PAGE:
A mechanic named Jones supplied the firm with wire frames for ladies' bonnets, of which large numbers were sold. He brought a supply weekly, and it was Owen's duty to receive them from him, and being an intelligent man, they had some conversation together. Jones was full of the wonderful improvements then being made in machinery for cottonspinning. He had seen some of these machines at work, and was sure he could make them and work them if he had a little capital. At last he persuaded Owen to lend him £100 (borrowed from his brother in London), for which he was to have half the profits of the work. Owen accordingly left his employer after due notice, and rented a suitable machine shop, in which about forty men were soon employed making the newly invented "mules” for spinning cotton. Jones superintended the work, and Owen kept the accounts, paid the men, and saw that regular hours were worked, he being the first to enter and the last to leave the workshop. The "mules” were sold as quickly as made, and thus the small capital was made to serve ; but Owen soon saw that Jones had no business capacity, whereas Owen was, as he afterwards proved, one of the greatest organizers who ever lived. He, therefore, watched the work closely, learnt all he could about it, and when an offer was made by another person with some capital to buy him out, he gladly accepted the offer which they made him, of six of the mule machines, a reel, and a making. up machine with which to pack the skeins of yarn into bundles for sale. He, however, only received three mules with the two other machines, and immediately hired an empty build. ing, set them up in one of the rooms, bought the cotton rovings ready for spinning, and hired three men to work the machines. The finished yarn was spun in hanks of one hundred and forty yards each, the hanks made up into bundles of five pounds weight, and wrapped neatly in paper, all which work was done by himself, and he then sold it to the agent of some Glasgow manufacturers of British muslins, then quite a new business. In this way he found he could make a clear profit of £6 a week.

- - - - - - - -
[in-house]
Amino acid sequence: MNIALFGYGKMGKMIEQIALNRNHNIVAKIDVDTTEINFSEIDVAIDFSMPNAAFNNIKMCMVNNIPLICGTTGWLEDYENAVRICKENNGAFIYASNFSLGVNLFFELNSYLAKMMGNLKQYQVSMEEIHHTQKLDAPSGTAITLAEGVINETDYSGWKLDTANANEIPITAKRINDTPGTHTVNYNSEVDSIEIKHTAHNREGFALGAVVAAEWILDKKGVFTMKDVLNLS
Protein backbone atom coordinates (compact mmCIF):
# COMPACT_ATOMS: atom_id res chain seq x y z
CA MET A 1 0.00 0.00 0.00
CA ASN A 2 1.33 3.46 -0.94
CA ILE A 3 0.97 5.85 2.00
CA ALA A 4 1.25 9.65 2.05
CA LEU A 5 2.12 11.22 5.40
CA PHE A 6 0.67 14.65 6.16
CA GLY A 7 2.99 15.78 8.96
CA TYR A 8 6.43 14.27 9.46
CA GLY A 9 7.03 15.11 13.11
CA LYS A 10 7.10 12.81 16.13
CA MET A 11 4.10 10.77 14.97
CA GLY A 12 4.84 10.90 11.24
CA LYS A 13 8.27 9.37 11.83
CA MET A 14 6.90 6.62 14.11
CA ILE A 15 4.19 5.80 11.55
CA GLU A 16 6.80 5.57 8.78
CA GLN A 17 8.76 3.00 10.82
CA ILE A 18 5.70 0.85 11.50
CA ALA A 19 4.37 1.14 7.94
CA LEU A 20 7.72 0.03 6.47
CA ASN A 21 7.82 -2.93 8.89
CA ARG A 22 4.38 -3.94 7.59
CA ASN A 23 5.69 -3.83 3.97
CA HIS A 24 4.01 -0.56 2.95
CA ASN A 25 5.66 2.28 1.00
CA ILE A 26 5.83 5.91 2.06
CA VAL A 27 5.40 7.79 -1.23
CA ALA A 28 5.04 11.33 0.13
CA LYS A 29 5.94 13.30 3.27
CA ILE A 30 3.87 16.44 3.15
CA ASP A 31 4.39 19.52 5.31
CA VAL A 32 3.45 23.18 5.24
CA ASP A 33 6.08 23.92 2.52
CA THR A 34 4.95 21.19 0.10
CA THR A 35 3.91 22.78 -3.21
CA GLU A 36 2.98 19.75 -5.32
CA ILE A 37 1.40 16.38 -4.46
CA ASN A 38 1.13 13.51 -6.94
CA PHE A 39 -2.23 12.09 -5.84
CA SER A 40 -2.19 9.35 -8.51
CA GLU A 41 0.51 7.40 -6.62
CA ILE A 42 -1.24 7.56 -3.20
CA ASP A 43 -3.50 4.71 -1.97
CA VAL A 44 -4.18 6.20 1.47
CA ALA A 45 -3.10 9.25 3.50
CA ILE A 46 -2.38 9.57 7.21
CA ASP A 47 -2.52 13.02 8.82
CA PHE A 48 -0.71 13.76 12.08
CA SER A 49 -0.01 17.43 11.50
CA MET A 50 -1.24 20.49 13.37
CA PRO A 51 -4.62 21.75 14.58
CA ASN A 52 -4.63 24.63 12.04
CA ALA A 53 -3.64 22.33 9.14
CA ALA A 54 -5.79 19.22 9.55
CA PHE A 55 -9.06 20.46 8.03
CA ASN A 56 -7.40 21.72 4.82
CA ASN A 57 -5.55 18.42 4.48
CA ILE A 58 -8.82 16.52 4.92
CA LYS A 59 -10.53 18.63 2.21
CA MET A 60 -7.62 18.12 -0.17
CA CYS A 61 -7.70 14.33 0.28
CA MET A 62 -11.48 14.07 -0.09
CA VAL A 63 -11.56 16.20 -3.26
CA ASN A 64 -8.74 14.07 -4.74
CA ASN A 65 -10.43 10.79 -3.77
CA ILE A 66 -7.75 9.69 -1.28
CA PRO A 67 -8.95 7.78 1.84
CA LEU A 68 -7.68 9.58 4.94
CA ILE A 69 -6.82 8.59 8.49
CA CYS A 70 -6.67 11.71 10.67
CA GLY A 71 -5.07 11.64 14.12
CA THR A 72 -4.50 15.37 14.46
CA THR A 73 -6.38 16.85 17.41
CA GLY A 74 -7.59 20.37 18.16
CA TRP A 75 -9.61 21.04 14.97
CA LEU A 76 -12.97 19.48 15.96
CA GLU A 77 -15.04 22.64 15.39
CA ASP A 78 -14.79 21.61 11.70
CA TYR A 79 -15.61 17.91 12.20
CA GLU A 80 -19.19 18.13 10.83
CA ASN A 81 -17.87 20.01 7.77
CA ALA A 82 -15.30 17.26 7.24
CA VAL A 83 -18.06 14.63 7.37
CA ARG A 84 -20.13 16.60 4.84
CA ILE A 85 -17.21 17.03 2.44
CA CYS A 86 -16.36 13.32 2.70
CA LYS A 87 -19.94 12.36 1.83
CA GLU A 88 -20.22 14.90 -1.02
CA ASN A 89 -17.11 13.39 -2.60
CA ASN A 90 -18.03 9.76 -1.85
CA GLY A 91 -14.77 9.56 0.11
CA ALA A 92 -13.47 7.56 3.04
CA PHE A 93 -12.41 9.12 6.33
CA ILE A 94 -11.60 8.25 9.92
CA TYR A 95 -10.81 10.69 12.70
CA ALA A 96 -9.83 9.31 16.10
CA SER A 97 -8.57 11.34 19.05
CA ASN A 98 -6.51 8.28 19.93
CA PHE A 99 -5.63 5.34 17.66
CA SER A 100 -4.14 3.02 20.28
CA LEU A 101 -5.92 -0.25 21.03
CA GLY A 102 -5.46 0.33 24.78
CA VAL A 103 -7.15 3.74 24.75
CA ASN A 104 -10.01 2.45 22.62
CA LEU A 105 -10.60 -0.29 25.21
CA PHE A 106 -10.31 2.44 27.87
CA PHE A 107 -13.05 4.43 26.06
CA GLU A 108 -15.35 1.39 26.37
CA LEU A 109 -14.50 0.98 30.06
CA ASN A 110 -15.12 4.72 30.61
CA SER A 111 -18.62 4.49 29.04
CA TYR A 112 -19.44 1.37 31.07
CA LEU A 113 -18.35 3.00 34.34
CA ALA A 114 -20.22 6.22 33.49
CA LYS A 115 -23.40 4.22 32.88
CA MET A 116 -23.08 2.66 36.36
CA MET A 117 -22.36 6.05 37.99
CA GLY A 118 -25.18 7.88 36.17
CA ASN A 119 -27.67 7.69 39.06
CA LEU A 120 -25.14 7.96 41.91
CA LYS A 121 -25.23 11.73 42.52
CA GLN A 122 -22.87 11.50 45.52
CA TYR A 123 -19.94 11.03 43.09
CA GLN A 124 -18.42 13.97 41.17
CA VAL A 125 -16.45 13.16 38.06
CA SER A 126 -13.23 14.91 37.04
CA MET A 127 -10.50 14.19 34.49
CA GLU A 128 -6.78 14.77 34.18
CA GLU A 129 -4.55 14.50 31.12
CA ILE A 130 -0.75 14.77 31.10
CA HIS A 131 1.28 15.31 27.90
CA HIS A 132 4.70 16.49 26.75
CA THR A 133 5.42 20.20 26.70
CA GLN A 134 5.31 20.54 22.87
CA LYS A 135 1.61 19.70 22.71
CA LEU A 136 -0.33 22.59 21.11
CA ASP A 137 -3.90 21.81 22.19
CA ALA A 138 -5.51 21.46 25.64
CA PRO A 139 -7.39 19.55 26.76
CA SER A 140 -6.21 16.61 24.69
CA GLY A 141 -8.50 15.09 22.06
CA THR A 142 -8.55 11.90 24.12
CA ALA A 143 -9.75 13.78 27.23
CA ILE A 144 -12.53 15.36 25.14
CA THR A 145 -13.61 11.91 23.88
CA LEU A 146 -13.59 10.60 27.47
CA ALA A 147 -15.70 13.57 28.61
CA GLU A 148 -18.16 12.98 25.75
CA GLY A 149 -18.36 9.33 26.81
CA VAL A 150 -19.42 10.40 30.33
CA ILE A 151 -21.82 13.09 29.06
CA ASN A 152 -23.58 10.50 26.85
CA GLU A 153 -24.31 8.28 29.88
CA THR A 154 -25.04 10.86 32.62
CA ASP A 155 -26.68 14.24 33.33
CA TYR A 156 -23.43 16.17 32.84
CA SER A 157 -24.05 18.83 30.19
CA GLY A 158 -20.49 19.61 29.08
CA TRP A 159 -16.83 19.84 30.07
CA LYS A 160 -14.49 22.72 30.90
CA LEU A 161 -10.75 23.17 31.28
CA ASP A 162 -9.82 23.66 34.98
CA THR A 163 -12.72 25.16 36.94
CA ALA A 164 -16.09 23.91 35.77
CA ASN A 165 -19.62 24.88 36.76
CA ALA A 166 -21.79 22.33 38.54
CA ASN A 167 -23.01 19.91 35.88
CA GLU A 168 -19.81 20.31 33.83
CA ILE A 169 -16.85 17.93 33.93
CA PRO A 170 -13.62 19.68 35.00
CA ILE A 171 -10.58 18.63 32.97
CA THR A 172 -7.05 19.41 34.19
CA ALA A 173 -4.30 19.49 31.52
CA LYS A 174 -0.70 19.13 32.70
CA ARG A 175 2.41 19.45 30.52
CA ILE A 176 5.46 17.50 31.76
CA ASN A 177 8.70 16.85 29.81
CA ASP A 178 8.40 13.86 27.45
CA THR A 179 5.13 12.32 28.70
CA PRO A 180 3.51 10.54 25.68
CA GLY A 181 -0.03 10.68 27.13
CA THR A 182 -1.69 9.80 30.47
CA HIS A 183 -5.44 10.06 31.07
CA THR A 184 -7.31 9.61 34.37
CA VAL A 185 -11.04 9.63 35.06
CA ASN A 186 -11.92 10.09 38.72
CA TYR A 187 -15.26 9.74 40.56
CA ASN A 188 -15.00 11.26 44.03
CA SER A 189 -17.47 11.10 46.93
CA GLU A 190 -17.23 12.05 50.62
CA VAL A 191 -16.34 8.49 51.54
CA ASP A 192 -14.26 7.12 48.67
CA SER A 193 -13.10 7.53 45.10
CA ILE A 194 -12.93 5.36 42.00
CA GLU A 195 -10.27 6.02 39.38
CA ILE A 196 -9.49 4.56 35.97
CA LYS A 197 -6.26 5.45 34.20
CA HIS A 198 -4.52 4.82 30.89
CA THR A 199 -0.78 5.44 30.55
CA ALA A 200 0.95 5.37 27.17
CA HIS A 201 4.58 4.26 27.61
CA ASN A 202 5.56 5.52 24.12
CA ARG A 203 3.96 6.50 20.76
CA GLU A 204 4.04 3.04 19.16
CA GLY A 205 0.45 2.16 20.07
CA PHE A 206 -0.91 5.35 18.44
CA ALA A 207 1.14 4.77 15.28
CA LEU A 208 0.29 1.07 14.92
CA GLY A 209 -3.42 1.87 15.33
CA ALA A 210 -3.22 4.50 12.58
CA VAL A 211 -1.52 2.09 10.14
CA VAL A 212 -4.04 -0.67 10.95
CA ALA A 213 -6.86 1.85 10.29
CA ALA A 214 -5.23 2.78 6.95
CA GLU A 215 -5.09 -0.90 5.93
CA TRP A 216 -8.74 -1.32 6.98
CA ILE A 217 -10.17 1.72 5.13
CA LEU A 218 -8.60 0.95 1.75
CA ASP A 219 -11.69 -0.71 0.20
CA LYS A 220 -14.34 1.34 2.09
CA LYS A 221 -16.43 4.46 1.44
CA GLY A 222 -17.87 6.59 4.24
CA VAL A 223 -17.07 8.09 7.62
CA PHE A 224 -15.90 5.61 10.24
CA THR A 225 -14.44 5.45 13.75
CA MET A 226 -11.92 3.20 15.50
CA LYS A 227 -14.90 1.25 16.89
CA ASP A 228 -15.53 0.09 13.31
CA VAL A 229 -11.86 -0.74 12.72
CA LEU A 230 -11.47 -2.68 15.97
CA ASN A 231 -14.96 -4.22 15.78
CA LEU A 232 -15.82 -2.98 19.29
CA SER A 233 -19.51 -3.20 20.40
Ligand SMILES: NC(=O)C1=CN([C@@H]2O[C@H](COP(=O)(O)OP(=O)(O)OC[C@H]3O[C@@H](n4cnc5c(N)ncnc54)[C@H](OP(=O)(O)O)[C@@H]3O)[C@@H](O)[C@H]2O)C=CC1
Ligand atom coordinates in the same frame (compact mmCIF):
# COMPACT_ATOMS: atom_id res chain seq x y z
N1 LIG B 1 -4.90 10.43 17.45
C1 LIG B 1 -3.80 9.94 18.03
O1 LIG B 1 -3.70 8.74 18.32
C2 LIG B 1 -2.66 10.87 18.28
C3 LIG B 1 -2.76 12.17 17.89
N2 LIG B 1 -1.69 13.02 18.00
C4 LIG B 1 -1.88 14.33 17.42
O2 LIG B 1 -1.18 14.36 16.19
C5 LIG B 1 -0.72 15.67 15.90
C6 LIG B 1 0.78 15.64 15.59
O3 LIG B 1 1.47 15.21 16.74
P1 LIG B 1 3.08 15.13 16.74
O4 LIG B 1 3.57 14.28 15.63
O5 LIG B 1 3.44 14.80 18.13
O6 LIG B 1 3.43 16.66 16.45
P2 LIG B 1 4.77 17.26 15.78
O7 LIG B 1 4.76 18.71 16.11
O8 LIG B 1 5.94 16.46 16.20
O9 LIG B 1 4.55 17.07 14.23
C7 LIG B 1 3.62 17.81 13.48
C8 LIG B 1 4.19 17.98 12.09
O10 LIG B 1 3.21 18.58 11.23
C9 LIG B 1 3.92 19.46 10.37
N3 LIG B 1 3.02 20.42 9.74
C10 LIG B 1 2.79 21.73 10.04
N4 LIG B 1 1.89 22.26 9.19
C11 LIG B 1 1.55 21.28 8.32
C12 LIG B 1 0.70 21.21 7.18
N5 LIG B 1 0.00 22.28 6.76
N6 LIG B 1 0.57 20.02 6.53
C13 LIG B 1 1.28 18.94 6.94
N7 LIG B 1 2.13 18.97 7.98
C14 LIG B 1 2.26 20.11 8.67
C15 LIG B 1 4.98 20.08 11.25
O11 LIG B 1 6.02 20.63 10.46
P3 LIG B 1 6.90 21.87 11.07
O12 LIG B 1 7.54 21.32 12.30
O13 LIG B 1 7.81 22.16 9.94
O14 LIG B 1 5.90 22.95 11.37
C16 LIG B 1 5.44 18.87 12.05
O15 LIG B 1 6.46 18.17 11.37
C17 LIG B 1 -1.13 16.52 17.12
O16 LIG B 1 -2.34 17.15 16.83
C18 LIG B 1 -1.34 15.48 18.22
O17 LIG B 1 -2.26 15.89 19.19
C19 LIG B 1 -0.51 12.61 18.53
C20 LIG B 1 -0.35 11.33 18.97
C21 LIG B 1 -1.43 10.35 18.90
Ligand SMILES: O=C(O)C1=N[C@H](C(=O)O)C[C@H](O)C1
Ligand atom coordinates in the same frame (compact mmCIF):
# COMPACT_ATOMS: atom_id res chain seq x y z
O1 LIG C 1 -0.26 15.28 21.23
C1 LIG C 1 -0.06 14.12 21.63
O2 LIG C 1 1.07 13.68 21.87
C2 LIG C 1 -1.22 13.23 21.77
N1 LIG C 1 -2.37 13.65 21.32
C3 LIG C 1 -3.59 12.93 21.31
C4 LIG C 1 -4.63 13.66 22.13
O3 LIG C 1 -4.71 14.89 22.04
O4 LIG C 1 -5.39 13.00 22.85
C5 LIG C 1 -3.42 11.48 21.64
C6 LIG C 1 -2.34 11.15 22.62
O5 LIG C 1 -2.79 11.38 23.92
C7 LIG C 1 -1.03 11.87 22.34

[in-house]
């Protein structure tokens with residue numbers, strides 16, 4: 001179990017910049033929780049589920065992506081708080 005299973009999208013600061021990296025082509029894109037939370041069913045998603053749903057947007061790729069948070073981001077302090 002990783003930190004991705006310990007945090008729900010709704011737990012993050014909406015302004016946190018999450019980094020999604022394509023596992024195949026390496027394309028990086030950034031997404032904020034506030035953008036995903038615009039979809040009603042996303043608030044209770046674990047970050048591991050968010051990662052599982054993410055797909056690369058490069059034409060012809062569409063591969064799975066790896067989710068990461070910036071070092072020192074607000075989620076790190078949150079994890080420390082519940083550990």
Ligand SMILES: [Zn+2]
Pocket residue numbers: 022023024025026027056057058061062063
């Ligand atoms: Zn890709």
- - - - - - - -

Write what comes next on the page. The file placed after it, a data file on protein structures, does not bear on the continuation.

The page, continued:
A few months later he accidentally heard that a wealthy manufacturer, Mr. Drinkwater, had advertised for a manager for some new spinning-mills which he had just built and filled with the best machinery under the management of Mr. Lee, a civil engineer, who had unexpectedly left him, he himself knowing nothing of the business. Owen applied for the post, being then barely twenty years old, and looking younger. He asked £300 a year salary; and after a few inquiries as to character, seeing his little factory of three mules, and examining his books, Mr. Drinkwater engaged him, and about a week afterwards he was called upon to take charge of a large factory employing about five hundred workpeople. The former manager had left the day before, Mr. Drinkwater did not come to introduce him, and he was simply sent there as the new manager. His business was to purchase the raw material, to make the machines, for the mill was not nearly completed; to manufacture the yarn, and to sell it; to keep the accounts, pay the wages, and take the whole responsibility of the first fine cotton-spinning establishment by machinery that had ever been erected. Hitherto his life had been spent in retail shops, where he had learnt the qualities of various fabrics, and how to buy and sell, but till his short experience with Jones and with his three spinning-mules, he had never even seen any textile machinery or learnt anything about its construction.
He describes how he suddenly found himself in the midst of five hundred men, women, and children, who were busily occupied with machinery, much of which he had scarcely seen, and never in their regular connection so as to manufacture from the raw cotton to the finished thread. We can well understand his feelings, and how he said to himself, “ How came I here? And how is it possible I can manage these people and this business?” His description of how he did manage it, without ever showing his complete ignorance; how he not only superintended the completion of the mill and carried on the whole thing successfully, but in a very short time noticed imperfections in the thread, found out the defect in the machinery or in the mode of working that led to these imperfections, and then had these defects remedied; how the quality and selling value of the output steadily advanced; how the organization of the whole mill was perfected, and yet the